London Metropolitan University Research Institutes
 

Semantic Selection Test: A new methodological approach towards the exploration of children’s views on social issues

Author(s) Szabó, E.  
Publisher London: CiCe  
Year 2010  
Editor P. Cunningham & N. Fretwell, Lifelong Learning and Active Citizenship  
Age group -  
Keywords/Abstract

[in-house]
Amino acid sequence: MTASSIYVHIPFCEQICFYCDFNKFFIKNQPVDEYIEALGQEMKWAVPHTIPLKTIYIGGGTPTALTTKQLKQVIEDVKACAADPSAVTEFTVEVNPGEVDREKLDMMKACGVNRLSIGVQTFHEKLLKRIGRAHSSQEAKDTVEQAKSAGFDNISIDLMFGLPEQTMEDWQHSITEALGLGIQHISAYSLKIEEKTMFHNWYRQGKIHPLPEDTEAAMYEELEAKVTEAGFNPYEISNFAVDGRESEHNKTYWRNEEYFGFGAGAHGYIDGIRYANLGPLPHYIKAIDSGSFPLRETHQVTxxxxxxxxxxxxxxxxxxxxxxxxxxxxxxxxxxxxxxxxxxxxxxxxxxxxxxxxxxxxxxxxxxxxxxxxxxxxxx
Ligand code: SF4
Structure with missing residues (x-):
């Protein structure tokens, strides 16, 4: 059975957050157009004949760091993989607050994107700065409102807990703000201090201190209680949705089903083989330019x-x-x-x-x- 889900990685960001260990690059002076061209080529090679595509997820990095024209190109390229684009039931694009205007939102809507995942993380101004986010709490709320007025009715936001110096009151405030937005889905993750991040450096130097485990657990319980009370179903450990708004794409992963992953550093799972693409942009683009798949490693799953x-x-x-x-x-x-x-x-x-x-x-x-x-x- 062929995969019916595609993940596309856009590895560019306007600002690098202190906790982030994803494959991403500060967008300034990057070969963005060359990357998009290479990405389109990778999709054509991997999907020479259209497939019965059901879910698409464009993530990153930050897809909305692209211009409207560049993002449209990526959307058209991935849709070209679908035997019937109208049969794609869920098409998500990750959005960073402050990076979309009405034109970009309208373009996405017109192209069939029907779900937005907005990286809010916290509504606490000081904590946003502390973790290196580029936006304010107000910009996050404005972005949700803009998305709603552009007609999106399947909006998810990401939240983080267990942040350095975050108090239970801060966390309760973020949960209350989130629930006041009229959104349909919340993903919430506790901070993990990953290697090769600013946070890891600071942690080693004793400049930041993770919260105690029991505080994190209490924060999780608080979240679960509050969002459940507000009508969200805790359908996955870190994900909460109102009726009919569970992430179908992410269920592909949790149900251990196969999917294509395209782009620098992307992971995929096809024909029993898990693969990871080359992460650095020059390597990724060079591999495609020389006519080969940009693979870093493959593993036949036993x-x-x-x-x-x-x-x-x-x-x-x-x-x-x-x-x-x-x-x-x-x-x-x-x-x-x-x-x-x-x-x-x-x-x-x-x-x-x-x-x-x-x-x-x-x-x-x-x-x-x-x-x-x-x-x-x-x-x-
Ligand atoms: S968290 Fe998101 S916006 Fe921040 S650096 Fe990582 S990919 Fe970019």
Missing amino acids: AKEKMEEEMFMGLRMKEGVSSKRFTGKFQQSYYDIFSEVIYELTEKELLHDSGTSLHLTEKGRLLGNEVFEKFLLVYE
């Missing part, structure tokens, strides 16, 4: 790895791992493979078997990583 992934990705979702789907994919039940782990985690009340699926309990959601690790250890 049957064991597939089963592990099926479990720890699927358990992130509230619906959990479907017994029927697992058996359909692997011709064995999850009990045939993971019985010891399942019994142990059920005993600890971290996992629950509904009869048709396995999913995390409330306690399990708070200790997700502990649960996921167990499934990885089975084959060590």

Social issues often have moral, ethical or value connotations which make our research complicated as well as requiring high ethical standards from the researchers. There are several methods of exploring the real opinions and viewpoints of children and teenagers. The most fruitful approaches have been the qualitative techniques, eg. interviews (starting with Piaget), associations (Abric, 1994, Szalay, 1967), or drawings (Bombi, 2002). The Semantic Selection Test (Urbánek, 2000, de’ Escury, 2008) is a semi-projected test that can be useful to reveal children’s views on different social issues including attitudes towards other nations and ethnic groups. The subject has to choose 8 pictures (out of 16 pictures) that he/she feels most relevant to a given concept (eg.: prime minister, gypsies, money etc.). The test gives an opportunity to explore the place of these social issues (or concepts) in a two- dimensional semantic area where the dimensions are defined by the researcher according to the aim of the study. In our study we used this test to explore the feelings of Hungarian teenagers (N=120) towards five ethnic groups in two dimensions (love and fear). The results showed that the teens were most afraid of the “Roma (gipsy)” and “Arab” minorities, and had the most positive attitudes towards “Italians”. The test result shows significant correlations with the findings on Bogardus Social Distance Scale which confirms the validity of the test. The greatest advantage of SST is that it does not require well developed verbal competencies, therefore it can be used with very young children (from 5 years) and under-educated samples, too. Moreover, by its projective nature, it also helps to avoid socially desirable responses. Key words: ethnic groups, attitudes, semantic area, feelings, social distance
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